Jesus commands that we follow in his footsteps, commanding his disciples to deny themselves, take up their crosses, and follow him. Just as Jesus brings God’s presence close to those who are hurting his disciples, filled with his holy spirit, bring God ‘s presence close to the hurting when they stand in solidarity with those in pain. This is what Paul is talking about when he writes::

We know that the whole creation has been groaning as in the pains of childbirth right up to the present time. Not only so, but we ourselves, who have the firstfruits of the Spirit, groan inwardly as we wait eagerly for our adoption to sonship, the redemption of our bodies…. In the same way, the Spirit helps us in our weakness. We do not know what we ought to pray for, but the Spirit himself intercedes for us through wordless groans (Romans 8:22-23, 26, NIV).

God’s Spirit transforms our imaginations so that we can envision a world unspoiled by sin. But our eyes see the world for what it is. This difference between what ought to be and what is causes us to groan inside ourselves. Sometimes this is in response to our own shortcomings. We know that God has called us to be holy, but we struggle to live in a way that is consistent with that calling. At other times this groaning is in response to the pain and suffering and evil we see around us.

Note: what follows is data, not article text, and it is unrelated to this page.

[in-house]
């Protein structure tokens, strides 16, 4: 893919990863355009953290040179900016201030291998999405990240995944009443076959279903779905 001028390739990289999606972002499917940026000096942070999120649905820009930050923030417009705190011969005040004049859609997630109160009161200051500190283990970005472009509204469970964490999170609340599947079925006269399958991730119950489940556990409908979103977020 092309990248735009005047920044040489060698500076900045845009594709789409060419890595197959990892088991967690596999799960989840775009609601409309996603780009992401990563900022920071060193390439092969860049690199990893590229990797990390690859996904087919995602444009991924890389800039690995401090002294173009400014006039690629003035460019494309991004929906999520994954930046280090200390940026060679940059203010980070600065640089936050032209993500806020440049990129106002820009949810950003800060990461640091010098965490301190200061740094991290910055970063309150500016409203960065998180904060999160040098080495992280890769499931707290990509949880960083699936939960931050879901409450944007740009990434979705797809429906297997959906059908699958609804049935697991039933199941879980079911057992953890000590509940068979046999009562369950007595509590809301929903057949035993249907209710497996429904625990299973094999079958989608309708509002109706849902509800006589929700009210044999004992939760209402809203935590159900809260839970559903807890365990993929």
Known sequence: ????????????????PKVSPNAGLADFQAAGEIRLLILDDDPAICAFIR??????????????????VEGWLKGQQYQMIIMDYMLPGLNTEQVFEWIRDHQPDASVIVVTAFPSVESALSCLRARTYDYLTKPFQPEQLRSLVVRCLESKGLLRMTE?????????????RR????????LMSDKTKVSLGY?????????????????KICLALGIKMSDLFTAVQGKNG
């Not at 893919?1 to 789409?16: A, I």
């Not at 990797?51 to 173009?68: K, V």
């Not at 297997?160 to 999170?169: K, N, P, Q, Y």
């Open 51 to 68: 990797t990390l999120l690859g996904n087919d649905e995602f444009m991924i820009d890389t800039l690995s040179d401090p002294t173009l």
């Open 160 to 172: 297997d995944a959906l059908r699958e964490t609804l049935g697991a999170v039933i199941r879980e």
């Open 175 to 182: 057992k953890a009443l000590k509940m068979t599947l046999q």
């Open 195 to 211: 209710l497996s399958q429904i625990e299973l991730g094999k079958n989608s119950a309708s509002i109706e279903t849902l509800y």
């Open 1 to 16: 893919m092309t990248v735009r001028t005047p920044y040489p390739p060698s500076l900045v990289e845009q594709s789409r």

We live in a community suffering great pain. The violent crime rate in Kirkland Lake is over 2 and 1/2 times the provincial average. It wasn’t long ago that we had six homicides in less than a year, an astoundingly high rate for a community of this size. There’s an epidemic of drug addiction. There are many people struggling with the ravages of mental illness. There are many children whose parents aren’t able to effectively raise them in life-giving ways. Some of us are personally affected by this pain, and so we have no choice but to engage with it. Others are not directly affected, . If that’s us, we may be tempted to adopt a posture of comfortable disengagement. But the example of Jesus is one of uncomfortable engagement. I’m called to See the evil around me. But when you spend a lot of time doing this, it’s easy to feel overwhelmed by it. A friend of mine who’s a police officer told me that what they found is that police officers who are the most empathetic are also the most likely to develop post-traumatic stress disorder from the different things they see in their line of work. We may want to protect ourselves by cultivating a detachment from the evil that surrounds us. How do we face the hurt without being destroyed by it?